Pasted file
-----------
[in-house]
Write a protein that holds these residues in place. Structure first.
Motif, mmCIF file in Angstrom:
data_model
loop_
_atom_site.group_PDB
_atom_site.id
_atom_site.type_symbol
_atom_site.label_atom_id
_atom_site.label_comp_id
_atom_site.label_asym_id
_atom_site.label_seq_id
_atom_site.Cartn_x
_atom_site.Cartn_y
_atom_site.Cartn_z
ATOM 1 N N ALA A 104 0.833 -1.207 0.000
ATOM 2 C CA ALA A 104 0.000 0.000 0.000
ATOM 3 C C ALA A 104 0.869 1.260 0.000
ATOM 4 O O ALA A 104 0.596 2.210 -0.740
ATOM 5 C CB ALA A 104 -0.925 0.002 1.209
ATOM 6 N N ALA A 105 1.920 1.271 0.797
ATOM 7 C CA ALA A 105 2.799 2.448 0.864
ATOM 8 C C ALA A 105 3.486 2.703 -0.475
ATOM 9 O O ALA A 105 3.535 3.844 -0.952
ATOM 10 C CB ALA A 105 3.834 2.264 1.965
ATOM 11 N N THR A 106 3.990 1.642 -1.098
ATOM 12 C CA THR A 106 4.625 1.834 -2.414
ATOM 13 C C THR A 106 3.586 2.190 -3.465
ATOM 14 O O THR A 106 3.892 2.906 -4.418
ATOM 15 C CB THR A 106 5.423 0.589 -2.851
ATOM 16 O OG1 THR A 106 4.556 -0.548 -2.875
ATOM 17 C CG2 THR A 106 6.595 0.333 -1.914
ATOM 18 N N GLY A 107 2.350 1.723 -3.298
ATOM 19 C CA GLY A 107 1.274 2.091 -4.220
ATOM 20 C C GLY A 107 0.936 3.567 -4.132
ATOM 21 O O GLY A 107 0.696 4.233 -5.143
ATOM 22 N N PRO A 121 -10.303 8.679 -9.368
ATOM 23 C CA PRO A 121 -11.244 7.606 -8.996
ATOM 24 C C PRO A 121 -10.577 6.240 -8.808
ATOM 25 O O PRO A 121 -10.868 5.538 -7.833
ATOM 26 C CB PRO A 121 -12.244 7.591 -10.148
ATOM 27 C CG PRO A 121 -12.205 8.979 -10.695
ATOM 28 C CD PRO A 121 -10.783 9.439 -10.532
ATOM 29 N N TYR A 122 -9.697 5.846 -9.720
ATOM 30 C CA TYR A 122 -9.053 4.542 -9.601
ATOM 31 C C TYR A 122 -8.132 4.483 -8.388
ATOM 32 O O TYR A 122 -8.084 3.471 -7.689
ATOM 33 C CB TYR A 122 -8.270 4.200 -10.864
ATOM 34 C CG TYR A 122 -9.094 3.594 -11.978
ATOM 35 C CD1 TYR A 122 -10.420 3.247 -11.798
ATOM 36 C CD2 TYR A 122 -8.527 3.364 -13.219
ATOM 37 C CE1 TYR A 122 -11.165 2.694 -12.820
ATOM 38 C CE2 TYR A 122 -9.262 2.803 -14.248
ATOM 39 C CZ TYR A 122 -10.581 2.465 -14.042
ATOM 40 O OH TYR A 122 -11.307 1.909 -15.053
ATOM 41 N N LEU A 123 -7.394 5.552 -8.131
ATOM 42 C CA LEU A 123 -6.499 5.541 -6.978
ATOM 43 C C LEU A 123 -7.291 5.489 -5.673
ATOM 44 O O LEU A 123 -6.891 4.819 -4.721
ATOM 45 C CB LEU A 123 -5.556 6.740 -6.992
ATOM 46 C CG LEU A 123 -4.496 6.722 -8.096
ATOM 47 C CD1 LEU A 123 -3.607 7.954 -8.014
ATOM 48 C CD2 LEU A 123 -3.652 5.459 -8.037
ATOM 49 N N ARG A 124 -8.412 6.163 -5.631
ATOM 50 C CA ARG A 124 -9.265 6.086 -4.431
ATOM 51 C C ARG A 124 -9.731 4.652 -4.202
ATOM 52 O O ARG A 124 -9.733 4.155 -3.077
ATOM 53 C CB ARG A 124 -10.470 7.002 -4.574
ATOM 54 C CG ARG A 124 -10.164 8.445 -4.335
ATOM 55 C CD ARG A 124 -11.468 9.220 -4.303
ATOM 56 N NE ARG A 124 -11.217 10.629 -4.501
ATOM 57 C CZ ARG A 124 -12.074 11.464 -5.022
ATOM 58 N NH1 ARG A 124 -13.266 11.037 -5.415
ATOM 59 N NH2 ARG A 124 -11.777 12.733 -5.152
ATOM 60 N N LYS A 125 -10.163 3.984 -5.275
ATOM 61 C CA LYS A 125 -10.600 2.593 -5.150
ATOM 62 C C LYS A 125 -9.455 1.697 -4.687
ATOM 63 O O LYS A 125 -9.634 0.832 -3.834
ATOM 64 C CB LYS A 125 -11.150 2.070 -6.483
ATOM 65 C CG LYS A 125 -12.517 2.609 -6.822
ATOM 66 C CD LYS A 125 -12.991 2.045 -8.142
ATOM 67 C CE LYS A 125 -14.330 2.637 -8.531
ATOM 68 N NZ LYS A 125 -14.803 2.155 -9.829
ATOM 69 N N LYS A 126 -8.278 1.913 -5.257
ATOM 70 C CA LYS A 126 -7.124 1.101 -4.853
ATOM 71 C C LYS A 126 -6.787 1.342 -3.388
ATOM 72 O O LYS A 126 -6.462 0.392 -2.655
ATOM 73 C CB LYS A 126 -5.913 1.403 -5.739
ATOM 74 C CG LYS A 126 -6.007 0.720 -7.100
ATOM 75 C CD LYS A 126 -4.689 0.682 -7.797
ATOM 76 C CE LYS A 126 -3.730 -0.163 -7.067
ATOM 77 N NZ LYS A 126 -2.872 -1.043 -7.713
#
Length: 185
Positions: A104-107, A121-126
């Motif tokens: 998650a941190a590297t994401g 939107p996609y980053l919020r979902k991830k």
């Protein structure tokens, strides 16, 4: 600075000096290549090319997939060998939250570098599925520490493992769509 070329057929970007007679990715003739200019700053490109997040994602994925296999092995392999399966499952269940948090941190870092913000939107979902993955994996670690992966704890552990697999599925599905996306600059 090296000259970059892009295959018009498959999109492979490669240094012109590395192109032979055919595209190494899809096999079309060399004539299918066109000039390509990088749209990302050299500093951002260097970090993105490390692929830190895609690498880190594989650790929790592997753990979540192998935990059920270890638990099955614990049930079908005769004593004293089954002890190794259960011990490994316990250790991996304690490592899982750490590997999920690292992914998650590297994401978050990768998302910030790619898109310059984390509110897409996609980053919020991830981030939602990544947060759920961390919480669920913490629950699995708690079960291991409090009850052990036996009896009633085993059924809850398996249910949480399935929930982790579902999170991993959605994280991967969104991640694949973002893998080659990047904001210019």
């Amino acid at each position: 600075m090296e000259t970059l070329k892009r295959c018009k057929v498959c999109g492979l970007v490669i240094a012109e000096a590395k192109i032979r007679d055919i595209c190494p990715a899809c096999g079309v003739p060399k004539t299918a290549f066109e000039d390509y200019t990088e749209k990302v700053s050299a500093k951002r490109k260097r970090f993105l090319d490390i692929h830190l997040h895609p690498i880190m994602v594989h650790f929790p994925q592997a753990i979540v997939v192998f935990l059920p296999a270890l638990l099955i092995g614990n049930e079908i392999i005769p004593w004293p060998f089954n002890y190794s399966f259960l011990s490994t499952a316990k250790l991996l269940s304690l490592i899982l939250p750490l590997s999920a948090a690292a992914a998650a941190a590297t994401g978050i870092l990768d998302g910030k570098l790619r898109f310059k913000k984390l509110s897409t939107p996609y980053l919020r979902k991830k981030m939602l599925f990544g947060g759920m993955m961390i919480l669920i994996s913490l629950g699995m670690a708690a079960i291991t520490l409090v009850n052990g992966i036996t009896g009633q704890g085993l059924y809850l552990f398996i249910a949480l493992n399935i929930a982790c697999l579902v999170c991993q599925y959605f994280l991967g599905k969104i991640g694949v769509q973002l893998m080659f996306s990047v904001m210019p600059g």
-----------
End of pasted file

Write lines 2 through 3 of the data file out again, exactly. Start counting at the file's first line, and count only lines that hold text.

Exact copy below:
Write a protein that holds these residues in place. Structure first.
Motif, mmCIF file in Angstrom: